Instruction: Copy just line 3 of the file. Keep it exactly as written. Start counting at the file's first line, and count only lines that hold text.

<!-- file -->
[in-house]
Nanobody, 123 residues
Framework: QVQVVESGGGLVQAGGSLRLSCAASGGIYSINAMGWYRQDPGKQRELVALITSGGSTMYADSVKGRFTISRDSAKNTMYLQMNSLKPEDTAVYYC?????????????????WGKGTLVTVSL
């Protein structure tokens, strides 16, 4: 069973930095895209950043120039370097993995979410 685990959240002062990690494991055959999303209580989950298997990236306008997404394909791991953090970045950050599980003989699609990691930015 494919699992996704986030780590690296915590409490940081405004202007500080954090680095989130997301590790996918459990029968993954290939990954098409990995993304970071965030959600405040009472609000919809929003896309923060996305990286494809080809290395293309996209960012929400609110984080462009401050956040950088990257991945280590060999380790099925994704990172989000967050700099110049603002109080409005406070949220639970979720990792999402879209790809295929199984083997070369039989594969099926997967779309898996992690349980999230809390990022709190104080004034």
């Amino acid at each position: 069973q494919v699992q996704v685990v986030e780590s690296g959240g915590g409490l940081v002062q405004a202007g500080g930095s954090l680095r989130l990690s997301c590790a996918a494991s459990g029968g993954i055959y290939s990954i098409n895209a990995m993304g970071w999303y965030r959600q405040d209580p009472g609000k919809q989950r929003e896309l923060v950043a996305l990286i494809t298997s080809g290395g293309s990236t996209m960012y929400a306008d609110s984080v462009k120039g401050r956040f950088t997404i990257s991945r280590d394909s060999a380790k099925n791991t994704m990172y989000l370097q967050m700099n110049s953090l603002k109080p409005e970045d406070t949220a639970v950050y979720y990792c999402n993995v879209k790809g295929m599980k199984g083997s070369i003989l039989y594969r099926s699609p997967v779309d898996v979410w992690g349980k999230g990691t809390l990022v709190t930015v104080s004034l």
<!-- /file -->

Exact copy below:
Framework: QVQVVESGGGLVQAGGSLRLSCAASGGIYSINAMGWYRQDPGKQRELVALITSGGSTMYADSVKGRFTISRDSAKNTMYLQMNSLKPEDTAVYYC?????????????????WGKGTLVTVSL